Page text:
|Publication number||US4425457 A|
|Application number||US 06/306,367|
|Publication date||Jan 10, 1984|
|Filing date||Sep 28, 1981|
|Priority date||Aug 6, 1980|
|Publication number||06306367, 306367, US 4425457 A, US 4425457A, US-A-4425457, US4425457 A, US4425457A|
|Inventors||John Christiansen, Shau-Zou Lu|
|Original Assignee||Celanese Corporation|
|Export Citation||BiBTeX, EndNote, RefMan|
|Referenced by (8), Classifications (17), Legal Events (3)|
|External Links: USPTO, USPTO Assignment, Espacenet|
This is a continuation of application Ser. No. 175,565, filed Aug. 6, 1980 now abandoned.
This invention relates to polyethylene terephthalate resins useful in molding applications. More particularly this invention relates to polyethylene terephthalate resins containing an inorganic reinforcing or filler material.
It is desirable to enhance the strength of articles molded from polyethylene terephthalate resin by employing a reinforcing material, such as glass fibers, asbestos fibers or other fibrous mineral materials, preferably with a coupling agent, in the resin. Furthermore, it is sometimes sufficient to merely increase the modulus by use of a filler, such as beads or a mineral of low aspect ratio, in the resin. However, heretofore it was necessary to use very high mold temperatures, on the order of 130° C. to obtain molded articles from such reinforced or filled resins which had a glossy surface and which were not rough in texture. If these high mold temperatures were not employed, the molded articles had a rough surface with poor gloss. It is believed that the crystallization rate of polyethylene terephthalate is too slow, below about 130° C., to result in a molded article having good surface characteristics.
While good surface characteristics can be obtained at molding temperatures of 130° C. or more, the use of such temperatures is not practical in the molding field, for most molds are heated with water and attain temperatures of only about 85°-110° C.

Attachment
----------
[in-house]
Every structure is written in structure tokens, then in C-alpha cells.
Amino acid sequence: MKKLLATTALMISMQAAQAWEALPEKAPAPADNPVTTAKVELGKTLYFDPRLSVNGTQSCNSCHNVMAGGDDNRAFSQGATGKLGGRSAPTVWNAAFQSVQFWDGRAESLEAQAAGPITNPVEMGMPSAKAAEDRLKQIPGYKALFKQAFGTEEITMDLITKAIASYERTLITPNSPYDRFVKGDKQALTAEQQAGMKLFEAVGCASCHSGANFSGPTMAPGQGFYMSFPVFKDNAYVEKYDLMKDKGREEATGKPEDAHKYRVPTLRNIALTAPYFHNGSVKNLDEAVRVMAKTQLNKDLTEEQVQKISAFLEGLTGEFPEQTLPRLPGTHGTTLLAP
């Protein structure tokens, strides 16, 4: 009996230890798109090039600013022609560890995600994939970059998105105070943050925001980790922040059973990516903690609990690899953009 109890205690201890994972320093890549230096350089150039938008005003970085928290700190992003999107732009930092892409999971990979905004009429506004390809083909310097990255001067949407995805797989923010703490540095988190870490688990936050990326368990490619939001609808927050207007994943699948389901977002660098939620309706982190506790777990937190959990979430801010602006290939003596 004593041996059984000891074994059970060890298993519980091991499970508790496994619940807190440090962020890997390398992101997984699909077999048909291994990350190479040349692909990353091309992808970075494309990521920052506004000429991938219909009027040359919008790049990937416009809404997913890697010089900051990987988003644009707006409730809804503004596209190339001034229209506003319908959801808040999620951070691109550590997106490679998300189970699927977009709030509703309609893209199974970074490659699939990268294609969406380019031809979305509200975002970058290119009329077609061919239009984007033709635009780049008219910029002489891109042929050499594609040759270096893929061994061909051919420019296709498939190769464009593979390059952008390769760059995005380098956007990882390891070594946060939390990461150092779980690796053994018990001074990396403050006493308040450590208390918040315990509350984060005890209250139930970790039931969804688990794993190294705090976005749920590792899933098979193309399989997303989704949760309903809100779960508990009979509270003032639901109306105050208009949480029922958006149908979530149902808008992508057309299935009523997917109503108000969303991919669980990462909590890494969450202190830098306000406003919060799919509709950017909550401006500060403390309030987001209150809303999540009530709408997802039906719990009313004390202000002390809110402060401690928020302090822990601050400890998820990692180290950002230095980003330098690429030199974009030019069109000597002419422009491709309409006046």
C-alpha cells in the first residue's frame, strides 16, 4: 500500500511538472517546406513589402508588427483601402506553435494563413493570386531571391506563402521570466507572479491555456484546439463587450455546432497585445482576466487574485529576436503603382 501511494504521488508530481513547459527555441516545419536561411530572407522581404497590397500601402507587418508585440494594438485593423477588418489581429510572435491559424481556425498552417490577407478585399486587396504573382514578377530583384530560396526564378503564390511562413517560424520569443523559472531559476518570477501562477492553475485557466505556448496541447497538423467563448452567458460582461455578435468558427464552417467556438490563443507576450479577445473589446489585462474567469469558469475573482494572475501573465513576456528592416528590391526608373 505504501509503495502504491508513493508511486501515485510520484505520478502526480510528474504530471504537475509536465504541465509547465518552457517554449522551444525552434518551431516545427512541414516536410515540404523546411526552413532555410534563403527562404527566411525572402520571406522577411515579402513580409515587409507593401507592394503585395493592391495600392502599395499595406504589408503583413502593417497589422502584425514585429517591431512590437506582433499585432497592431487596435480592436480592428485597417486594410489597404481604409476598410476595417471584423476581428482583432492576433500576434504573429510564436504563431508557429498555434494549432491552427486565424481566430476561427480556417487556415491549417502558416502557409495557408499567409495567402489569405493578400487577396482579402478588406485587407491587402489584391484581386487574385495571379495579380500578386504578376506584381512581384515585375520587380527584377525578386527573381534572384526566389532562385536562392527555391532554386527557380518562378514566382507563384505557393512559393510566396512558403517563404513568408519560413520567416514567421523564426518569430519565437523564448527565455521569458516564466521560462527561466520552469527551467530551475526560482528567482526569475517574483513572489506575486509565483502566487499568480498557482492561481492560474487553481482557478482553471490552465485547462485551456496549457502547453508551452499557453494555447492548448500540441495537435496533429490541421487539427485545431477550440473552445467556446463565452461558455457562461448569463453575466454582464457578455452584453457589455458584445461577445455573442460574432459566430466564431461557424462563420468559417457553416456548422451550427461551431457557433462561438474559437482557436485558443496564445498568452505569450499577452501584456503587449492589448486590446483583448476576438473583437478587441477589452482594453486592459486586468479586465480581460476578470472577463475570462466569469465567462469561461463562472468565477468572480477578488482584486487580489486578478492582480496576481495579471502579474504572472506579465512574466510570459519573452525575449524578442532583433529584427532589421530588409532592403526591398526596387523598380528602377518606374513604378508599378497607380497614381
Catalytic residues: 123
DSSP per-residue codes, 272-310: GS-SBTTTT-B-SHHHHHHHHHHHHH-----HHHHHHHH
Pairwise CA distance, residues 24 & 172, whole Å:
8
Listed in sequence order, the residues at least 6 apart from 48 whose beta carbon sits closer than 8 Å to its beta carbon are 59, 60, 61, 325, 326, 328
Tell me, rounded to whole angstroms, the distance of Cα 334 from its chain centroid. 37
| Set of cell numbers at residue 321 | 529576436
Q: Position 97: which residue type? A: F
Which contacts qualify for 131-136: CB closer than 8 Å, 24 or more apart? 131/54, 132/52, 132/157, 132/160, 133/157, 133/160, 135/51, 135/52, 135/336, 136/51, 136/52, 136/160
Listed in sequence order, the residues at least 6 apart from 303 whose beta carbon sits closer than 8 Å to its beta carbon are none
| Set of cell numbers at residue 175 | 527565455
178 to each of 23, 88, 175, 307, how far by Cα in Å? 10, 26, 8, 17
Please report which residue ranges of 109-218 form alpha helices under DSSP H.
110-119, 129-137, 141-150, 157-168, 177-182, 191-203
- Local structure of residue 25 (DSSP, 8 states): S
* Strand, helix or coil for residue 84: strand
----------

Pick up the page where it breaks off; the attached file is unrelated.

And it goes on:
A few molding devices employ heating means such as oil to reach temperatures higher than 85°-110° C. but these generally are inconvenient to use and still either do not generally reach such temperatures or reach them unevenly because of inadequate coring. Because of these heating problems, it has proven commercially unattractive to employ these high temperature molding devices with reinforced or filled polyethylene terephthalate resins.
To increase the speed of crystallization of the injection molded polyethylene terephthalate in the mold, it has been proposed at various times to add to the resin finely divided inorganic substances as nucleating agents. By this step the crystallinity and the density of the injection molded articles are increased and therewith the dimensional stability and stability of shape at elevated temperatures are improved. As solid inorganic substances there have been proposed, for example, metal oxides, alkaline earth metal salts, talc powder, glass powder or metals. It has likewise been proposed to increase the speed of crystallization by adding to the resin a mixture of inorganic nucleating agents with specific epoxides. In all of these cases it has been said to be desirable that the inorganic substances should have a particle size of less than two microns if possible.
In all of the above situations even when filled polyethylene resin has been molded at temperatures above 110° C. it has been found that it is necessary in order to obtain unobjectionable injection molded articles that the polyester molding composition should contain as little moisture as possible, the art suggesting that such compositions should contain preferably less than 0.02% by weight water.
In addition to the above described problems it has been found that many of the nucleating agents taught as useful in the prior art have a negative effect on the normally high heat deflection temperature of molded polyethylene terephthalate.
The instant invention provides a reinforced and/or filled polyethylene terephthalate resin composition that can be molded at mold temperatures below about 110° C. without a predrying stage prior to compounding to produce a molded article having a smooth and glossy surface and at the same time sustaining high heat deflection temperature levels. The reinforced and/or filled polyethylene terephthalate resins of this invention achieve the foregoing properties by having incorporated therein alkali metal salts having anions which are oxides of the elements from Group IV of the periodic table, preferably the alkali metal carbonates and bicarbonates.
According to this invention there are provided thermoplastic compositions comprising in combination
a. from about 40 to about 95 parts by weight of a polyethylene terephthalate resin;
b. from about 4 to about 65 parts by weight of a substance selected from the group consisting of a reinforcing agent; a filler material; and a blend of a reinforcing agent and filler material; and
c. from about 0.1 to 25 parts by weight of an alkali metal salt whose anion is selected from oxides of the elements of Group IV of the periodic table.